CHRIS WEIKART: ...the introduction of particles in glass packaging that can interact with a drug product, that can obviously change the efficacy of the drug. Which obviously isn't good for the patient, these can lead to things like not just injecting your body with foreign materials, but also can cause an immune response in a patient, it can lead to things like anaphylaxis, could even lead to death.
CONOR: So, this was a burden that the industry has dealt with over the years. And I suppose Bobby already knew about molding plastic containers. So, combining it with this coating technology to make a hybrid container, that just basically eliminated these problems, right? And then why just keep the glass element at all? Why not just use plastic?
DODI: Well, according to Chris, there are some characteristics of glass that are absolutely necessary to certain applications. And there are some attributes that are just impossible to eliminate. So, part of that is down to the sheer complexity of modern-day biologic drugs and diseases.
CHRIS WEIKART: Drugs once upon a time were very simple, you know, very small little molecules, right? Well, if you think monoclonal antibodies, these are huge, huge molecules. And because they're so large and complex in their architecture and their chemistry, they do tend to interact with their surroundings. They're sensitive to things like oxygen in the air, their packaging and because of that they can change and get altered.
CONOR: Okay, so these really complicated drugs, the more complicated they are, the more additional packaging you need to make sure that the drugs aren't being altered within their containers, and so on, to protect the patient. So, you know that your glass sitting on your desk may be completely fine for your soft drink or your coffee or whatever it is, or let's be honest beer or wine. It's not good enough for the current generation of drug products because they're evolving, and they continue to evolve.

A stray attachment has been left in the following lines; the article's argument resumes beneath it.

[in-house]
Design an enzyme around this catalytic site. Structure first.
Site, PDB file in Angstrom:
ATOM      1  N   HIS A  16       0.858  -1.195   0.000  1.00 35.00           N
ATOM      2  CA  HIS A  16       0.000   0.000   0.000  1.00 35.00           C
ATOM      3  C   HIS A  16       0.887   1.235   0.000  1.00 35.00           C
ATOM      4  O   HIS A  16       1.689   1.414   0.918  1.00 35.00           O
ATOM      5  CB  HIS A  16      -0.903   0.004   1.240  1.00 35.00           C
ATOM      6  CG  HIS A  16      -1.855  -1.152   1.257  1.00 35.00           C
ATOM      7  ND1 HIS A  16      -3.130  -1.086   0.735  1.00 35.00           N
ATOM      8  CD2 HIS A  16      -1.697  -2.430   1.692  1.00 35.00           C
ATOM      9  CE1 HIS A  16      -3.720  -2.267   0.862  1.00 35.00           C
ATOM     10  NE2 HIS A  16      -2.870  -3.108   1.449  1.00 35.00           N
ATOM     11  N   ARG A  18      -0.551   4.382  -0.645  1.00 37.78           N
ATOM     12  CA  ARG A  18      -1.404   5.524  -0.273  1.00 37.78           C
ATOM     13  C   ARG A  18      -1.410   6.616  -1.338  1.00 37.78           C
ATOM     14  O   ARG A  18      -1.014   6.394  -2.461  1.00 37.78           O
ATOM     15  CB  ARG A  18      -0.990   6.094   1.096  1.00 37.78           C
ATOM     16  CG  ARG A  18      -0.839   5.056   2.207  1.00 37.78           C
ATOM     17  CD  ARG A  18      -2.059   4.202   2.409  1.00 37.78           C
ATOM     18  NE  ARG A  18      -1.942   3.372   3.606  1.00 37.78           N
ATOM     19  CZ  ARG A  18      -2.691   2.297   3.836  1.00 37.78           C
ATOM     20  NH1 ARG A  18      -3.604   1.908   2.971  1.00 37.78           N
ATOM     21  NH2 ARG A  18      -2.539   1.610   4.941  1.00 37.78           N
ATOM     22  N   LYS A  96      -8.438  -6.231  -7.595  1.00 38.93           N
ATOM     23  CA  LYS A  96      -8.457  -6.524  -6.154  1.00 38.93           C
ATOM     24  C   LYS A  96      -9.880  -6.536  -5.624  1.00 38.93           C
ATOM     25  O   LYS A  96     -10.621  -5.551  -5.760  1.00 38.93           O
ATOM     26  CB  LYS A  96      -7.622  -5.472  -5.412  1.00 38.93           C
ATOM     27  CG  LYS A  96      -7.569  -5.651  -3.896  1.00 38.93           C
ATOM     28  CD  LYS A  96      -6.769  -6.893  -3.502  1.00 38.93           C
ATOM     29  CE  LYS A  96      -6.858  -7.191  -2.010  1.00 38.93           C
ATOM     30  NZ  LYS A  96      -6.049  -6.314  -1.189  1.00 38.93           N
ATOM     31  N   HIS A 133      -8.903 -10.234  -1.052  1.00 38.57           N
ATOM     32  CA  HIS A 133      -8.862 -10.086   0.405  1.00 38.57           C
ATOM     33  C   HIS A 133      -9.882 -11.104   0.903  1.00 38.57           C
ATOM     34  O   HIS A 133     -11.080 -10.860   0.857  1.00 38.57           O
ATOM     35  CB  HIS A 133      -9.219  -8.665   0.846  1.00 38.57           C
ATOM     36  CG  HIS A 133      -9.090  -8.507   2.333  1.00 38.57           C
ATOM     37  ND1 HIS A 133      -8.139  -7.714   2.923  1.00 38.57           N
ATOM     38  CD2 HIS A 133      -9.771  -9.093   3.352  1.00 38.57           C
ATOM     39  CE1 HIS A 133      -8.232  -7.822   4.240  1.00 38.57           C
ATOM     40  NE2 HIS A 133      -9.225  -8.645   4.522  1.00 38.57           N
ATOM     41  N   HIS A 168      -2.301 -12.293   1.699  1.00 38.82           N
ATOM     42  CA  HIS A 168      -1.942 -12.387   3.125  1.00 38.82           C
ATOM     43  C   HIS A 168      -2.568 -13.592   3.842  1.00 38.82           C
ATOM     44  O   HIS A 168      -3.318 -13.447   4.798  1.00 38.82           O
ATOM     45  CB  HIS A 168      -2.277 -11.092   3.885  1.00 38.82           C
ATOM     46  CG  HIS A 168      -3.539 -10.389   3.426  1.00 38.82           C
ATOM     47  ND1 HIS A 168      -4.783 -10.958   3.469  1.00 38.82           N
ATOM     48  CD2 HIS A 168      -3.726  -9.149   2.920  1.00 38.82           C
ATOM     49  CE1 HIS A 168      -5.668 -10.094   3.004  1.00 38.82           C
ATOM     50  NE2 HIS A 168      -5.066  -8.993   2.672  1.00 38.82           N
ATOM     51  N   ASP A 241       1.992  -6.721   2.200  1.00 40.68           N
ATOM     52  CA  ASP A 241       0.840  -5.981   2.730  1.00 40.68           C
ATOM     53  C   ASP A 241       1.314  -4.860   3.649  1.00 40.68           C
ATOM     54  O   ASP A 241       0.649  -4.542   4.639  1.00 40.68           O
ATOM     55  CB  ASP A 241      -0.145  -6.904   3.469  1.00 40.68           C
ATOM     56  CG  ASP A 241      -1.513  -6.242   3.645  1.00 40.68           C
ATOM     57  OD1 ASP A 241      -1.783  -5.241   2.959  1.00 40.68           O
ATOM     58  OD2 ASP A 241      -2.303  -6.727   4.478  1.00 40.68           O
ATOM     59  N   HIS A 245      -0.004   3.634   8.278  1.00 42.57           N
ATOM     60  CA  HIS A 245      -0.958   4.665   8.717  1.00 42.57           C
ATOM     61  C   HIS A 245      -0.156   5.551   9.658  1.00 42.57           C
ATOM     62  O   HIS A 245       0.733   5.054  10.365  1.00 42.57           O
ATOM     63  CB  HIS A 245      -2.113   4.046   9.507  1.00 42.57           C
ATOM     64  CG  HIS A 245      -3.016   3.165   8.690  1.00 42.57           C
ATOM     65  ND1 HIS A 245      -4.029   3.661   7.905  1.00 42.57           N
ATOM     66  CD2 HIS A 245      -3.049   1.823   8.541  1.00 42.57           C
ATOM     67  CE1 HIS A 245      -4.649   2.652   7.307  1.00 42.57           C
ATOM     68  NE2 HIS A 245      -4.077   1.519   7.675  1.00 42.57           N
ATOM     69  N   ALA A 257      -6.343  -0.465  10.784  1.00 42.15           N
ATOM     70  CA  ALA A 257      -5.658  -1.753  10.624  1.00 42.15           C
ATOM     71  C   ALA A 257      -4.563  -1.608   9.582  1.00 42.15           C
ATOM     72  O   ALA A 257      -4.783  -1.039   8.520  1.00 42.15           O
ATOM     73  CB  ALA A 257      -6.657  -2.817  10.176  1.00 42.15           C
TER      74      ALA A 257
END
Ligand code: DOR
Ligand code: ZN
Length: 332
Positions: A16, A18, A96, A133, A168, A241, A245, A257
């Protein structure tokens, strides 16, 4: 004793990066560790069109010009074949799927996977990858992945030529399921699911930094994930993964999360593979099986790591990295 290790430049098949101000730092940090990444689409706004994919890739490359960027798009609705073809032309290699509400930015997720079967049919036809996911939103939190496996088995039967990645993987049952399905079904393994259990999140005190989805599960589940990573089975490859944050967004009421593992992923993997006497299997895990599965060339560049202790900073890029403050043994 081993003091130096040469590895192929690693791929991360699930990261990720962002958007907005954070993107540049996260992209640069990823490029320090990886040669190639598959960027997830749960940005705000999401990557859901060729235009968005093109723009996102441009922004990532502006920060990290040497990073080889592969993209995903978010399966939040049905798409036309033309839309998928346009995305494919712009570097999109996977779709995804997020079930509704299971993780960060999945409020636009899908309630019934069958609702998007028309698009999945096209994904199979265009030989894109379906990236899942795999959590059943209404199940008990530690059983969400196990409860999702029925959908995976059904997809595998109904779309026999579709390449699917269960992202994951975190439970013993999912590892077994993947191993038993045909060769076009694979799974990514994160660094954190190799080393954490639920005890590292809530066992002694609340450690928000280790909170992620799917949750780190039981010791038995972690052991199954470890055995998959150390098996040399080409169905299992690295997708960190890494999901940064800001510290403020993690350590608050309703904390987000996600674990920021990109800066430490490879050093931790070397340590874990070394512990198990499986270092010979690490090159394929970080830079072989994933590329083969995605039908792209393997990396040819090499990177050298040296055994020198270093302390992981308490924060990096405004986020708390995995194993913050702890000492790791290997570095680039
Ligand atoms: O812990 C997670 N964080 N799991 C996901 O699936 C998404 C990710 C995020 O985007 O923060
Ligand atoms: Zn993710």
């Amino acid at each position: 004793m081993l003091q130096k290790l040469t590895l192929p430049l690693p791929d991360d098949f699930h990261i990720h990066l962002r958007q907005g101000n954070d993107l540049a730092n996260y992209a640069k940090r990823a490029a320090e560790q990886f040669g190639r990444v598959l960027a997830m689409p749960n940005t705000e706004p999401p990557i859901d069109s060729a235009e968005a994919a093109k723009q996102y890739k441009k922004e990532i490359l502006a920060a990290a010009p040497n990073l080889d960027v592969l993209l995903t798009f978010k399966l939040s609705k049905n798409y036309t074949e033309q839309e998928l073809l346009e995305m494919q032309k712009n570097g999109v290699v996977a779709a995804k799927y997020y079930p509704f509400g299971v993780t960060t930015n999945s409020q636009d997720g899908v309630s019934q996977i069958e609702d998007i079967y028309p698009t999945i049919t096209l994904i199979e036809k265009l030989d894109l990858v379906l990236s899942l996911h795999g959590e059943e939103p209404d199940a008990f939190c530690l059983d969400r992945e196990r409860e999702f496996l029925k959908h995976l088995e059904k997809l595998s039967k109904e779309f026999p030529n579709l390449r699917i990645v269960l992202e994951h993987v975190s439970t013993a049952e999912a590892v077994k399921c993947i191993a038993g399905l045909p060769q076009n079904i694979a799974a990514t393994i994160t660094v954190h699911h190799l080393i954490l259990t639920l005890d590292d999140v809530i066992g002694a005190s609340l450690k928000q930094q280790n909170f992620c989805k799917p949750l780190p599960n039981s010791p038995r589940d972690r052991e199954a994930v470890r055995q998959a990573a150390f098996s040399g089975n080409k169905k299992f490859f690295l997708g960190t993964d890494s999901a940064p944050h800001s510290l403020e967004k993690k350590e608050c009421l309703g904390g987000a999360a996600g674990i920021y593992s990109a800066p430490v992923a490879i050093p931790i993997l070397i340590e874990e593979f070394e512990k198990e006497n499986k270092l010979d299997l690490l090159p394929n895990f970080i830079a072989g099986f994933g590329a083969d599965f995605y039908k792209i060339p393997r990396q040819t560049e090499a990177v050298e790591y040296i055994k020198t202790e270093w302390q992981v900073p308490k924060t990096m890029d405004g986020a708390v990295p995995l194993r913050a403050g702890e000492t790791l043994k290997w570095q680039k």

ROSS GOLD: So, Chris and I met first working for a company called QLT, in Vancouver, that was among the first firms using what we call a complex dosage formulation. We were involved in the team that was developing and manufacturing this complex dosage into an injectable product. And so, I guess that innovation spirit had to continue downstream into the dosage itself.
CONOR: So, is this Ross Gold, one of the founders of Cytiva's aseptic filling business?
DODI: You bet it is!
ROSS GOLD: We are a drug product technology company within the Cytiva network, sort of the last part of the chain from idea to injection.
CONOR: So, Ross focuses on the finishing process, the very last piece of the drug manufacturing workflow, getting it into the vial, right?
DODI: That's right. And Ross and his co-founder, Chris Procyshyn, both realized that innovation on the drug product side was necessary. There was a gap. And they've been working on new tools that will allow injectable dosages to be manufactured by a broader set of companies in the industry. They looked at the process – and we've talked about innovation so many times on this podcast – they looked at things that were working just fine but could use a tweak. And Chris and Ross saw that they could take the opportunity to create a new process for filling.
ROSS GOLD: A few of the observations we had getting involved in this part of the industry were that many parts of the process, for example, were occurring in the aseptic zone that perhaps didn't have to. So really, we looked at it from that perspective, that the process itself could be innovated in order to provide something that was more of a modular work cell-based architecture. With respect to automation, there's a lot of excellent automation tools out there, but the best aseptic process is the one with the least amount of people and the least amount of automation in it.